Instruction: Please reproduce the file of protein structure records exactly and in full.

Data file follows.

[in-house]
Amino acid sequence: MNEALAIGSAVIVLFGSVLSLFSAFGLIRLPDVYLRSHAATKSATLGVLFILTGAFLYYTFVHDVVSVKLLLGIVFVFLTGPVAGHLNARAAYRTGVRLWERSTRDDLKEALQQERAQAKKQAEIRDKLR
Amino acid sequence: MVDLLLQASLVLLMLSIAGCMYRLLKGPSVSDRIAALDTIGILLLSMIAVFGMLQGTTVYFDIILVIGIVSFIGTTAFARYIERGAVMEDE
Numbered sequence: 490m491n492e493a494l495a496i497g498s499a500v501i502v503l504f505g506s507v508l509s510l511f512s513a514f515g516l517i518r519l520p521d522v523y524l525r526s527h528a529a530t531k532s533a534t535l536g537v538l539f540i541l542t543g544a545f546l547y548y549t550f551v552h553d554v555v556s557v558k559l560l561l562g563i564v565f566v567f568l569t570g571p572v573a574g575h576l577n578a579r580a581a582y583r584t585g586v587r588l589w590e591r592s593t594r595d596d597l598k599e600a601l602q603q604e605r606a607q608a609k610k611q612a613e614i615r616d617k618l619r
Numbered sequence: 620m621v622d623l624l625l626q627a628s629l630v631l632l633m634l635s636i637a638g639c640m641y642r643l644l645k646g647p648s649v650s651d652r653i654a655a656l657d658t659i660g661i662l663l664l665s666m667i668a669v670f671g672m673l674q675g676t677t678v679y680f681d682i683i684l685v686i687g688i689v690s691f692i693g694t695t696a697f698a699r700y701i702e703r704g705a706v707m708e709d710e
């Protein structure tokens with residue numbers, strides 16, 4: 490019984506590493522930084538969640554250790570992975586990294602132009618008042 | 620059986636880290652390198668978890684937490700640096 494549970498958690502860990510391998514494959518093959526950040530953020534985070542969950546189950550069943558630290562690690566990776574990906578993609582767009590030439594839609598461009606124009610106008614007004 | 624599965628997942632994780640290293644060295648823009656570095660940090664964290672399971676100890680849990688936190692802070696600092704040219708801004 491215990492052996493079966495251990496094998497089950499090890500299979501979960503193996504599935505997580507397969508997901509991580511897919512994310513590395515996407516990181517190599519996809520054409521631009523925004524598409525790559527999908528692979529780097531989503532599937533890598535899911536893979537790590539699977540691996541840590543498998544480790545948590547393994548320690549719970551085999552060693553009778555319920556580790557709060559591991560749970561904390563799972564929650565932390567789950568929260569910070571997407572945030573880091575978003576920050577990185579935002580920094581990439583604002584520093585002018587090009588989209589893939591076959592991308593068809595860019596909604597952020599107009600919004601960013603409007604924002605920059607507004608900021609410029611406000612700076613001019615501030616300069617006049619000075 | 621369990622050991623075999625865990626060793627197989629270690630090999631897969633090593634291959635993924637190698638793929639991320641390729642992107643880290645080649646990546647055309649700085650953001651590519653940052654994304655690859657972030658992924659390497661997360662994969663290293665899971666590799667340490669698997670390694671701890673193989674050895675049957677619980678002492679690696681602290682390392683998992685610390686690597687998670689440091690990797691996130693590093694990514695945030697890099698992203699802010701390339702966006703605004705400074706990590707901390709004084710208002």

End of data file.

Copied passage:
[in-house]
Amino acid sequence: MNEALAIGSAVIVLFGSVLSLFSAFGLIRLPDVYLRSHAATKSATLGVLFILTGAFLYYTFVHDVVSVKLLLGIVFVFLTGPVAGHLNARAAYRTGVRLWERSTRDDLKEALQQERAQAKKQAEIRDKLR
Amino acid sequence: MVDLLLQASLVLLMLSIAGCMYRLLKGPSVSDRIAALDTIGILLLSMIAVFGMLQGTTVYFDIILVIGIVSFIGTTAFARYIERGAVMEDE
Numbered sequence: 490m491n492e493a494l495a496i497g498s499a500v501i502v503l504f505g506s507v508l509s510l511f512s513a514f515g516l517i518r519l520p521d522v523y524l525r526s527h528a529a530t531k532s533a534t535l536g537v538l539f540i541l542t543g544a545f546l547y548y549t550f551v552h553d554v555v556s557v558k559l560l561l562g563i564v565f566v567f568l569t570g571p572v573a574g575h576l577n578a579r580a581a582y583r584t585g586v587r588l589w590e591r592s593t594r595d596d597l598k599e600a601l602q603q604e605r606a607q608a609k610k611q612a613e614i615r616d617k618l619r
Numbered sequence: 620m621v622d623l624l625l626q627a628s629l630v631l632l633m634l635s636i637a638g639c640m641y642r643l644l645k646g647p648s649v650s651d652r653i654a655a656l657d658t659i660g661i662l663l664l665s666m667i668a669v670f671g672m673l674q675g676t677t678v679y680f681d682i683i684l685v686i687g688i689v690s691f692i693g694t695t696a697f698a699r700y701i702e703r704g705a706v707m708e709d710e
């Protein structure tokens with residue numbers, strides 16, 4: 490019984506590493522930084538969640554250790570992975586990294602132009618008042 | 620059986636880290652390198668978890684937490700640096 494549970498958690502860990510391998514494959518093959526950040530953020534985070542969950546189950550069943558630290562690690566990776574990906578993609582767009590030439594839609598461009606124009610106008614007004 | 624599965628997942632994780640290293644060295648823009656570095660940090664964290672399971676100890680849990688936190692802070696600092704040219708801004 491215990492052996493079966495251990496094998497089950499090890500299979501979960503193996504599935505997580507397969508997901509991580511897919512994310513590395515996407516990181517190599519996809520054409521631009523925004524598409525790559527999908528692979529780097531989503532599937533890598535899911536893979537790590539699977540691996541840590543498998544480790545948590547393994548320690549719970551085999552060693553009778555319920556580790557709060559591991560749970561904390563799972564929650565932390567789950568929260569910070571997407572945030573880091575978003576920050577990185579935002580920094581990439583604002584520093585002018587090009588989209589893939591076959592991308593068809595860019596909604597952020599107009600919004601960013603409007604924002605920059607507004608900021609410029611406000612700076613001019615501030616300069617006049619000075 | 621369990622050991623075999625865990626060793627197989629270690630090999631897969633090593634291959635993924637190698638793929639991320641390729642992107643880290645080649646990546647055309649700085650953001651590519653940052654994304655690859657972030658992924659390497661997360662994969663290293665899971666590799667340490669698997670390694671701890673193989674050895675049957677619980678002492679690696681602290682390392683998992685610390686690597687998670689440091690990797691996130693590093694990514695945030697890099698992203699802010701390339702966006703605004705400074706990590707901390709004084710208002």